Osteoporosis Management in Post-Menopausal Women.

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Osteoporosis is most prevalent in women over the age of 50 as the hormonal influence of estrogen on bone health dissipates with the onset of menopause. The progressive changes in bone structure, quality and density lead to pathological fractures and an increase in morbidity and mortality among menopausal women. This review will examine the 2010 North American Menopause Society (NAMS) position statement and other recent publications to summarize the data and combinations of therapies used to treat women 50 years or older with osteoporosis. To review the latest research and guidelines for osteoporosis management we performed a PubMed search using the parameters Linked to free full text, Humans, Female, Review, English, Middle Age (45-64 years and 45+ years), Age 65+ years, and published in the last five years. Articles were sorted by relevance and hand searching of these articles was done to further increase the yield. While a perfect treatment has yet to be discovered to completely cure this progressive disease, many breakthroughs have been made in order to prevent fractures and improve quality of life. Calcium and vitamin D supplementation are recommended for patients undergoing pharmacological treatment, however, trials looking at their effectiveness have mixed findings. Bisphosphonates are considered the first line therapy in the treatment of osteoporosis and reduce vertebral fractures by 40% to 70% and non-vertebral fractures by 20% to 35%. Calcitonin showed promise during early trials in 2000 with a 33% reduction in fractures but these results have not been replicated and this therapy is now relegated to a second line treatment. Teriparatide is recommended for patients with severe osteoporosis and has been shown to reduce vertebral fractures 65% and non-vertebral fractures 53%. Selective estrogen receptor modulators (SERMs) are another useful therapy resulting in a 55% reduction in vertebral fractures without any documented advantage when looking at non-vertebral fractures. The currently available SERMs for this indication include raloxifene, available in the USA, and bazedoxifene, in Europe. Estrogen is effective, with a 27% reduction in fractures, but often is reserved for concomitant use for other menopausal symptoms or in patients intolerant of other available osteoporosis therapies. The newly approved monoclonal antibody for osteoporosis treatment in postmenopausal women, denosumab, leads to a 68% and 19% reduction of vertebral and non-vertebral fractures, respectively. In conclusion, the 2010 NAMS position statement provides an excellent framework to discuss treatment options with patients. Lifestyle optimization should be the bedrock of any good treatment approach. When pharmacological intervention is warranted, many good therapies are available which have been shown to reduce the risk of fractures in osteoporotic patients. Any treatment plan, however, will be ineffective if the patient is not compliant. Therefore, a detailed discussion regarding each therapeutic intervention should ensue, including its usefulness and side effects.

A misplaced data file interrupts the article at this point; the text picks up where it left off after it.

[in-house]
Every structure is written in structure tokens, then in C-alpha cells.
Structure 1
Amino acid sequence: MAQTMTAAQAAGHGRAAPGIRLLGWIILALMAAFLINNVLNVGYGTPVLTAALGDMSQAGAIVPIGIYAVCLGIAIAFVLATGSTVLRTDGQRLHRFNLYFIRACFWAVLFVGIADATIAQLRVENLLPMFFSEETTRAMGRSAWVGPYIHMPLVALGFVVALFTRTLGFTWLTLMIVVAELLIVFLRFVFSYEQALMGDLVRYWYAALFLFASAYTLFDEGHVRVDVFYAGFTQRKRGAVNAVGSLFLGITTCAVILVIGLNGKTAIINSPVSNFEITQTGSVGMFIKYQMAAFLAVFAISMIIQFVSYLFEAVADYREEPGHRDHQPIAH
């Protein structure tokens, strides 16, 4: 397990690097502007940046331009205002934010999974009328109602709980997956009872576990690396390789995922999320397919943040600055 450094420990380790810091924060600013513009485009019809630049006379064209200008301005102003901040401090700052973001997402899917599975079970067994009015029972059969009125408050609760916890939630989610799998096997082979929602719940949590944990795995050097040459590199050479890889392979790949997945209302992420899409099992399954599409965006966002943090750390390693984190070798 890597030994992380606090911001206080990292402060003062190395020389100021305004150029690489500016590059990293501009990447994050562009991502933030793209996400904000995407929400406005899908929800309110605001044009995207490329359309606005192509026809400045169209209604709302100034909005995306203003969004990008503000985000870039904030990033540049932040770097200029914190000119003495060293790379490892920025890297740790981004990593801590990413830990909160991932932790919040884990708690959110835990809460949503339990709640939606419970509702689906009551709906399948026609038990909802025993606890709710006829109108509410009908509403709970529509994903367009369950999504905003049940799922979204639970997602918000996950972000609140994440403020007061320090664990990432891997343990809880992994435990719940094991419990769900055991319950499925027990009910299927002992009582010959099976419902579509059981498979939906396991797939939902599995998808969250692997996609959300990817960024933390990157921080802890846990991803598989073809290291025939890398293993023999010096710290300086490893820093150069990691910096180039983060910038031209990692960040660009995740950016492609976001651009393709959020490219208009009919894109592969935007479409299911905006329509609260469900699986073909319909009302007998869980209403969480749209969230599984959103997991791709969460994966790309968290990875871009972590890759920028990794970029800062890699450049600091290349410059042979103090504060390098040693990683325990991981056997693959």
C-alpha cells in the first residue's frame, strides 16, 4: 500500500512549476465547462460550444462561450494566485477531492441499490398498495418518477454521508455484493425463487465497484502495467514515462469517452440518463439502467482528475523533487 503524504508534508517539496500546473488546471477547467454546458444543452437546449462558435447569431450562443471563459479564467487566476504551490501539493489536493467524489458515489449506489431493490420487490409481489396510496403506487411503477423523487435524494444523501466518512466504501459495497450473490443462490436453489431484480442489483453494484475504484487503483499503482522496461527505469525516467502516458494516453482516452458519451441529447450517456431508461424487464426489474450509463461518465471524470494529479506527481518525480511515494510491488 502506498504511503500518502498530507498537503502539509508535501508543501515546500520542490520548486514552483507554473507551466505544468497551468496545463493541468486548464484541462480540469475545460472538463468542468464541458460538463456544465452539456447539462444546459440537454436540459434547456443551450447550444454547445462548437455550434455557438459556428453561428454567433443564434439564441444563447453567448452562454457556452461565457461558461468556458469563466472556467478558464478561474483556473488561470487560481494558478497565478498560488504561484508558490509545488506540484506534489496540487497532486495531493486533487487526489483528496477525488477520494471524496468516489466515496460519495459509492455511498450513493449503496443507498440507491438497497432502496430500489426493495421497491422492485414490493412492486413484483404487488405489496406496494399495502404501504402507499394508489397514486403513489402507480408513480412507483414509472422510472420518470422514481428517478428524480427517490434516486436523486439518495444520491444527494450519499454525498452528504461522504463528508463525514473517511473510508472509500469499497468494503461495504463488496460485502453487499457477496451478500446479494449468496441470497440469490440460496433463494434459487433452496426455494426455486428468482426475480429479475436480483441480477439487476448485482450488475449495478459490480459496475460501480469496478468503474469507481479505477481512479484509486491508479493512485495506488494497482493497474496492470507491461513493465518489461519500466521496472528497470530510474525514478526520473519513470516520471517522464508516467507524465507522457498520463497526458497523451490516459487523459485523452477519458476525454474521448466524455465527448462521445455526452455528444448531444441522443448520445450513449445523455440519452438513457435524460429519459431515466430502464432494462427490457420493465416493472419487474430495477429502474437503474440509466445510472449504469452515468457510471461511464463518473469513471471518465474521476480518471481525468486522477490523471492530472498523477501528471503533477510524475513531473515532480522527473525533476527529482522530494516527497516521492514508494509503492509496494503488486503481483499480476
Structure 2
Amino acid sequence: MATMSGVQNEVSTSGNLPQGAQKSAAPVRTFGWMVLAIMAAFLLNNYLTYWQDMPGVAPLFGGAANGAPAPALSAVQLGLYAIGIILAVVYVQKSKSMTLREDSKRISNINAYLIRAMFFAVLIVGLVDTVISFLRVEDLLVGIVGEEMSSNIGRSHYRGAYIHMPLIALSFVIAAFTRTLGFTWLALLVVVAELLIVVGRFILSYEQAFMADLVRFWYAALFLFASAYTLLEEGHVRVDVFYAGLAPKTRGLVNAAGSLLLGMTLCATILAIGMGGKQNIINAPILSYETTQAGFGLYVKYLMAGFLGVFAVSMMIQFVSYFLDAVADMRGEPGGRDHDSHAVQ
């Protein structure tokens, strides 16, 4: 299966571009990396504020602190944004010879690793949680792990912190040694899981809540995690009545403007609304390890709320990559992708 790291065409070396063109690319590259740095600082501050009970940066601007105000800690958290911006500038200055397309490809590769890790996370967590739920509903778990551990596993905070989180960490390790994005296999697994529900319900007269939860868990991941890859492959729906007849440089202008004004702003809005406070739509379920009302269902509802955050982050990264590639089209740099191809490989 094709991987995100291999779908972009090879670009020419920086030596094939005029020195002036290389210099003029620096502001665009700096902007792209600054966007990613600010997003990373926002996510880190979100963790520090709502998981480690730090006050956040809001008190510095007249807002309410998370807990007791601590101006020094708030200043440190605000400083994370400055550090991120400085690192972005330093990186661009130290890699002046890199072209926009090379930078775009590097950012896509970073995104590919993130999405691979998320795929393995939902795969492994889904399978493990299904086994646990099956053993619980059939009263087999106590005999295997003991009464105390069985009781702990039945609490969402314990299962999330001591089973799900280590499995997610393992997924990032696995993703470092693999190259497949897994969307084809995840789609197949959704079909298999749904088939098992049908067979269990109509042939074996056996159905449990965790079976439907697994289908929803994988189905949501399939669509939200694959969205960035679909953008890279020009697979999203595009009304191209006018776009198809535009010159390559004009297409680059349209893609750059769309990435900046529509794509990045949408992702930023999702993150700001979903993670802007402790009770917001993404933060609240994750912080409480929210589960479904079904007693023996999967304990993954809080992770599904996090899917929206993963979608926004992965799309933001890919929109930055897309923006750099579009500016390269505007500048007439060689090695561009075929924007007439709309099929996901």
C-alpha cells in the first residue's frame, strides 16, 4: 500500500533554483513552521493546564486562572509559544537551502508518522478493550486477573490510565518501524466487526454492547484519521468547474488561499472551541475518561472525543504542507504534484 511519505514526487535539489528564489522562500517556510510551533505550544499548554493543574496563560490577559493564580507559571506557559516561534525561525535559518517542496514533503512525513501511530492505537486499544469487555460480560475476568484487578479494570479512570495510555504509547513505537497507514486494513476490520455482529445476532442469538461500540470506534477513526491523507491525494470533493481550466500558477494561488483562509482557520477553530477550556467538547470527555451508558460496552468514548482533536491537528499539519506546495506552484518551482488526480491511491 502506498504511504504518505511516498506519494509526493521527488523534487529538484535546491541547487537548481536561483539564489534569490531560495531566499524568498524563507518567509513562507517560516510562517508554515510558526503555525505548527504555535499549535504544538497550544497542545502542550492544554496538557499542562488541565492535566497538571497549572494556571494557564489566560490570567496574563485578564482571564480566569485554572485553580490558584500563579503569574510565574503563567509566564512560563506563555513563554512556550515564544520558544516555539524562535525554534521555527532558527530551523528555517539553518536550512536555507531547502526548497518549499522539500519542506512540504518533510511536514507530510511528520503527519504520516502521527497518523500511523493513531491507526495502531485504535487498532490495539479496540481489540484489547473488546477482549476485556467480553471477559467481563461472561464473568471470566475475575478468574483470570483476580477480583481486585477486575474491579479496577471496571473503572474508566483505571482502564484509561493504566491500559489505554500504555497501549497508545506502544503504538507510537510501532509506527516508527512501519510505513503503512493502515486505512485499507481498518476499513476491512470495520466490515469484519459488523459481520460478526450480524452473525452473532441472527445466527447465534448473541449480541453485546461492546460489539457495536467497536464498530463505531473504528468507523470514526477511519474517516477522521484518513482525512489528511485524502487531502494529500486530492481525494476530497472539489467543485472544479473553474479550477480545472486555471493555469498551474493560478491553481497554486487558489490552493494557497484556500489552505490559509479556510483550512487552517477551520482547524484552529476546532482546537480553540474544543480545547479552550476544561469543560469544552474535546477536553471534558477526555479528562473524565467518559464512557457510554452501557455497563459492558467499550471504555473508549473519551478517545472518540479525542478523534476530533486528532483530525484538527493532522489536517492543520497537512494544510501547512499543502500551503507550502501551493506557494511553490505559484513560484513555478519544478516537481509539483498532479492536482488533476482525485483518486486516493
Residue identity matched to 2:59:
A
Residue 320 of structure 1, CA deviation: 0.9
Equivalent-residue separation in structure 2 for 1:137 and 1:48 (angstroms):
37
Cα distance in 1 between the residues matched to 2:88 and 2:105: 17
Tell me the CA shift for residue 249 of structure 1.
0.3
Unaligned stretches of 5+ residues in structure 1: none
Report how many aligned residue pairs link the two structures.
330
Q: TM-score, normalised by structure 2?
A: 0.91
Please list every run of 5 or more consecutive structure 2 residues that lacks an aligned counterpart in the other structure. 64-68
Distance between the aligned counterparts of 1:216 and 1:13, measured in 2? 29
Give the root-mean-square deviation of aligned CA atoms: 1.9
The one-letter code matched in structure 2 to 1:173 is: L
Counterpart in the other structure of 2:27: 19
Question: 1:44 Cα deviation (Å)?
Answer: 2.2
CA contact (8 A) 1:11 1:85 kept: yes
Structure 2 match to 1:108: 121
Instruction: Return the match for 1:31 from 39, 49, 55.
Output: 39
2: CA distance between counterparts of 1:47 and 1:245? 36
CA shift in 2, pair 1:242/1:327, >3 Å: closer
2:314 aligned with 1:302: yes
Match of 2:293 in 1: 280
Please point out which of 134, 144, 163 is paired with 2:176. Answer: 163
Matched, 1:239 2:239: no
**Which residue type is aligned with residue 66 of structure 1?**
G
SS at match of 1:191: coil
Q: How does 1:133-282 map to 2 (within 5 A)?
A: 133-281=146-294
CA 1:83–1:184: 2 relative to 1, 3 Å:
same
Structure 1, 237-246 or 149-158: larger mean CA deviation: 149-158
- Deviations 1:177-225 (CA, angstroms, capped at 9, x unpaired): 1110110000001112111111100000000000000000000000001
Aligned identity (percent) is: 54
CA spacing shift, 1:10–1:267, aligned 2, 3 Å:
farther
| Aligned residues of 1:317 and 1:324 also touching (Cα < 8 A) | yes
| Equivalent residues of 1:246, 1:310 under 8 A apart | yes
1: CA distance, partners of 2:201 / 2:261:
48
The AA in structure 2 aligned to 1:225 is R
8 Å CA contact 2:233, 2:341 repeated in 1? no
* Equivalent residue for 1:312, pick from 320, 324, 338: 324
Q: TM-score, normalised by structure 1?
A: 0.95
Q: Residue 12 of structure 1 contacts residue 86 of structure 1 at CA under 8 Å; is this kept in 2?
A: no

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Minerva ginecologica





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